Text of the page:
The pension plans of England’s local councils face a shortfall of as much as 100 billion pounds ($157 billion), according to John Ralfe, an independent pensions consultant.
Based on published accounts of the 60 largest of England’s 81 local authorities, Ralfe calculated that their assets total 132 billion pounds, to meet liabilities he estimates at 232 billion pounds. A government decision this year to link payments to consumer prices rather than retail prices cuts the liabilities to around 212 billion pounds.
The shortfall stems from bad investing by local authorities, Ralfe said in an interview today. “They have no risk management,” he said. “They don’t understand what happens if you bet on equities and it goes wrong. Keeping your fingers crossed doesn’t work.”
The analysis suggests a hidden liability for taxpayers, who underwrite local-government pension plans. England’s councils are required to report the values of their funds every three years, most recently last March. The government hasn’t yet published the reports, which will be used to fix contributions of the 1.7 million current employees of the plans.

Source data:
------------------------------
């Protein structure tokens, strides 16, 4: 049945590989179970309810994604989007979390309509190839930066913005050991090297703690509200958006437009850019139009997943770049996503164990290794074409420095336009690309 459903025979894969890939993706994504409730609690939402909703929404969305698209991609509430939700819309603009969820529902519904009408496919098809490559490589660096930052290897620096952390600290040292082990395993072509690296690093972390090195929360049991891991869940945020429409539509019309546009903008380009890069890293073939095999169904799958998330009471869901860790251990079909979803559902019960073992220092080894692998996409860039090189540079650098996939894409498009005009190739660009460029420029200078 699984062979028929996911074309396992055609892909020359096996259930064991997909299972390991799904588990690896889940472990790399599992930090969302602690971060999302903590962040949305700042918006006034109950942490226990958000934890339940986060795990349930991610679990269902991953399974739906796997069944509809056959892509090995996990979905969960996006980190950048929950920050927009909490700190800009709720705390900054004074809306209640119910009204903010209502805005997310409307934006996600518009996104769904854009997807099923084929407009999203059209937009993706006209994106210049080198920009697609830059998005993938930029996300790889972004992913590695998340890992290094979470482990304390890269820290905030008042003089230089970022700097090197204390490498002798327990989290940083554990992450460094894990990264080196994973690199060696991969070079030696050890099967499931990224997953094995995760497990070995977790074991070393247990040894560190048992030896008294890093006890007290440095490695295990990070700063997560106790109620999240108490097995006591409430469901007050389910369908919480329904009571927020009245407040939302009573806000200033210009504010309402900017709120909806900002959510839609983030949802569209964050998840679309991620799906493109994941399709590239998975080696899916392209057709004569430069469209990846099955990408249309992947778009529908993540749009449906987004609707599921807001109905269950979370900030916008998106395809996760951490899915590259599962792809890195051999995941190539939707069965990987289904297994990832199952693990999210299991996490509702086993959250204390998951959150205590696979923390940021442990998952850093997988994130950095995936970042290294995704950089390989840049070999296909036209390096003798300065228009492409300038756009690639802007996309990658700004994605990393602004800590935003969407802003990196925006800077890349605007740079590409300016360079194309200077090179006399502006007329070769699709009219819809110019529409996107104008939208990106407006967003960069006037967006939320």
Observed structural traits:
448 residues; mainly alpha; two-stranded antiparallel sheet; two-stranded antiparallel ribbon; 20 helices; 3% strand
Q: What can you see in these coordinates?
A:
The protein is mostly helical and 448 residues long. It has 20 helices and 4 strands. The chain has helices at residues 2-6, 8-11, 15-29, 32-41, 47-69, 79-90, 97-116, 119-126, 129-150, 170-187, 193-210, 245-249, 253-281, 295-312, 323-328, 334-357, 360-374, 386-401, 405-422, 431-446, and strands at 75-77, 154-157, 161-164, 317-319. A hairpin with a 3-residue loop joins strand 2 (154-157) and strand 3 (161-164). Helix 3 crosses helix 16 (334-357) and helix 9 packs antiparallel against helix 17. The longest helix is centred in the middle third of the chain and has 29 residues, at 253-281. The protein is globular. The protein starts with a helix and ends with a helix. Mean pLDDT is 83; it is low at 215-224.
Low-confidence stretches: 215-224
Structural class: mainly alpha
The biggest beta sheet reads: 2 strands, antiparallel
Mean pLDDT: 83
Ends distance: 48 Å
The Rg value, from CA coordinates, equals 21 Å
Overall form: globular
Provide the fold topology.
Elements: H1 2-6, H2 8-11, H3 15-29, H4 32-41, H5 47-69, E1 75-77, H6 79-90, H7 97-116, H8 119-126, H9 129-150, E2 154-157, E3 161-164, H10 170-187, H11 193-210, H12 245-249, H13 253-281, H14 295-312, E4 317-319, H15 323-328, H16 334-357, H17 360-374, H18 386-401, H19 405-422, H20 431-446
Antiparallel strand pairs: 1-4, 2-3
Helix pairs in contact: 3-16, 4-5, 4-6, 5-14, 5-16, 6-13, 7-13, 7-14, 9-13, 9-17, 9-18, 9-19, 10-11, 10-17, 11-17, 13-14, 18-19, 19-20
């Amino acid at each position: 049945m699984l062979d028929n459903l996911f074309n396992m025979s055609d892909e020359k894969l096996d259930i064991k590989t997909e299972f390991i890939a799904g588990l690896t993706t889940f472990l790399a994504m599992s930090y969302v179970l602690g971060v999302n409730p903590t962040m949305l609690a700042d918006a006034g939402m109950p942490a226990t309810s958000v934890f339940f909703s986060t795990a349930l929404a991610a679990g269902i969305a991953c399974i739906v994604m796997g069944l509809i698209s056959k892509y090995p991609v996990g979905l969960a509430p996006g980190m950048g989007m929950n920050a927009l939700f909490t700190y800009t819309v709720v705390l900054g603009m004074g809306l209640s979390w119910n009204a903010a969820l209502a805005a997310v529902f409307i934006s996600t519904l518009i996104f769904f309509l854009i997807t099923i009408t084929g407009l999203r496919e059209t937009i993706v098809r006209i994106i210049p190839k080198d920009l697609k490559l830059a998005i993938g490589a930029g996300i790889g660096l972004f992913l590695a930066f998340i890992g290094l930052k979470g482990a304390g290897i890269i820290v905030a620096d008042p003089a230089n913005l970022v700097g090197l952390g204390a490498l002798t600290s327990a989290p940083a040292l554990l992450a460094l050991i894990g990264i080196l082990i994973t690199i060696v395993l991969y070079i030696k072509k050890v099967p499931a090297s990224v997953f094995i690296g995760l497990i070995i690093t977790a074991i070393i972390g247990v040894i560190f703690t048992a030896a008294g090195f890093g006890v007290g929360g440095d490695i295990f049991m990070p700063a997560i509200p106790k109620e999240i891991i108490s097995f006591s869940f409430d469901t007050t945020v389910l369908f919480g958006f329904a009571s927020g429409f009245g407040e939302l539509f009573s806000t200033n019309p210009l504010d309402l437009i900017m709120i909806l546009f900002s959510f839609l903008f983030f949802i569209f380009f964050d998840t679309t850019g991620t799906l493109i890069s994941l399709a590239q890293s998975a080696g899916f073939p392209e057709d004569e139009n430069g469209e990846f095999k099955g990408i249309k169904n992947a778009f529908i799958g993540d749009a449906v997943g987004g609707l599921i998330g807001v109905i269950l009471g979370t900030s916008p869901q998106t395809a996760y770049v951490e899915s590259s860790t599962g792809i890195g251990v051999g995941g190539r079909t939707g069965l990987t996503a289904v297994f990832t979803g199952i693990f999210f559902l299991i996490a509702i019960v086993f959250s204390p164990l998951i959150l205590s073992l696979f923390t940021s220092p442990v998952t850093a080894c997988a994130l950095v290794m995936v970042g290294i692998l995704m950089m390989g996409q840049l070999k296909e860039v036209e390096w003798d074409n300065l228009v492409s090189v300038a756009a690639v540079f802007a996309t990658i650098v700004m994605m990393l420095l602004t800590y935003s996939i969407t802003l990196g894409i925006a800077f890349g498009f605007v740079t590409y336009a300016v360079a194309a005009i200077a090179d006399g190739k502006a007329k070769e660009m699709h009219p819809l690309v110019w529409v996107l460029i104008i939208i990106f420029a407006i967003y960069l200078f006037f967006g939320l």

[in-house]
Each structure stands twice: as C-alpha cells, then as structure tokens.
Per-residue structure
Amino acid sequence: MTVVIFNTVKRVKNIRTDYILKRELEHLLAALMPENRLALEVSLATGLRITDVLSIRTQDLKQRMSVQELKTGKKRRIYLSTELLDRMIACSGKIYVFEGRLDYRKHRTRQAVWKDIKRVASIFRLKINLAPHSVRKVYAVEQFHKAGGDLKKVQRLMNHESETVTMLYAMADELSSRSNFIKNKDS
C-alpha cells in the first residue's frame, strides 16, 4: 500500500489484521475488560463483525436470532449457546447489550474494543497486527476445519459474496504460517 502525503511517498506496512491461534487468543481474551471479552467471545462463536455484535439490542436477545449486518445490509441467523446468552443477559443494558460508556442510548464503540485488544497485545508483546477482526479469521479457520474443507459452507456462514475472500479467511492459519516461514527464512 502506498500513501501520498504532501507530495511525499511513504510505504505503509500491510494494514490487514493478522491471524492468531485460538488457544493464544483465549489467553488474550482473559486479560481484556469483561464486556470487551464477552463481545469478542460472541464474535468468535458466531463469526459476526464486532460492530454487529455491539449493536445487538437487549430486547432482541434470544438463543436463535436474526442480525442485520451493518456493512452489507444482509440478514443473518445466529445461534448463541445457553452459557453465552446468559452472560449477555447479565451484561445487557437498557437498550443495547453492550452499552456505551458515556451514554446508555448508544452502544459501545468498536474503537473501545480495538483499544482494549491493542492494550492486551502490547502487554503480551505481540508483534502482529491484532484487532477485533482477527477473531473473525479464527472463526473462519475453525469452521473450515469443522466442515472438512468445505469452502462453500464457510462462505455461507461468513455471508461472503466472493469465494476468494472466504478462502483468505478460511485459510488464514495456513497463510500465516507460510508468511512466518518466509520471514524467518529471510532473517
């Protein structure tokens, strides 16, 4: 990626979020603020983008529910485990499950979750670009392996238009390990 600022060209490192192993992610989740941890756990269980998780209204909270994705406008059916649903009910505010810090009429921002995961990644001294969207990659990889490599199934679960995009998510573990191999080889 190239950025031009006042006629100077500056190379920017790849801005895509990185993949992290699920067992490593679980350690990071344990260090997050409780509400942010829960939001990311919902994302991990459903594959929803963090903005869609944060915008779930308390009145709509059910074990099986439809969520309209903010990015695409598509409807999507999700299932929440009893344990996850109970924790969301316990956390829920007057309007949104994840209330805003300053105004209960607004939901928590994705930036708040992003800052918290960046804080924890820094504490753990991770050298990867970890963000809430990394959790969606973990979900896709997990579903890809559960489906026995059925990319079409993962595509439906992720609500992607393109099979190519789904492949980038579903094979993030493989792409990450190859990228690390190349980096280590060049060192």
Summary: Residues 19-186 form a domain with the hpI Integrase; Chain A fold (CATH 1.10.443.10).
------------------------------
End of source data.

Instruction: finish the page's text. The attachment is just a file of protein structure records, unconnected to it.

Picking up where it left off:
“We should not take the numbers at face value and panic,” Mike Taylor, chief executive of the London Pension Funds Authority, said in an e-mailed statement. “We should understand the assumptions that underpin them, and like any reading of a set of accounts, interpret them accordingly.”
Economists often fail to predict inflation movements a month ahead, “so to assess liabilities based on such a snapshot in time is frankly not sensible,” Taylor said.
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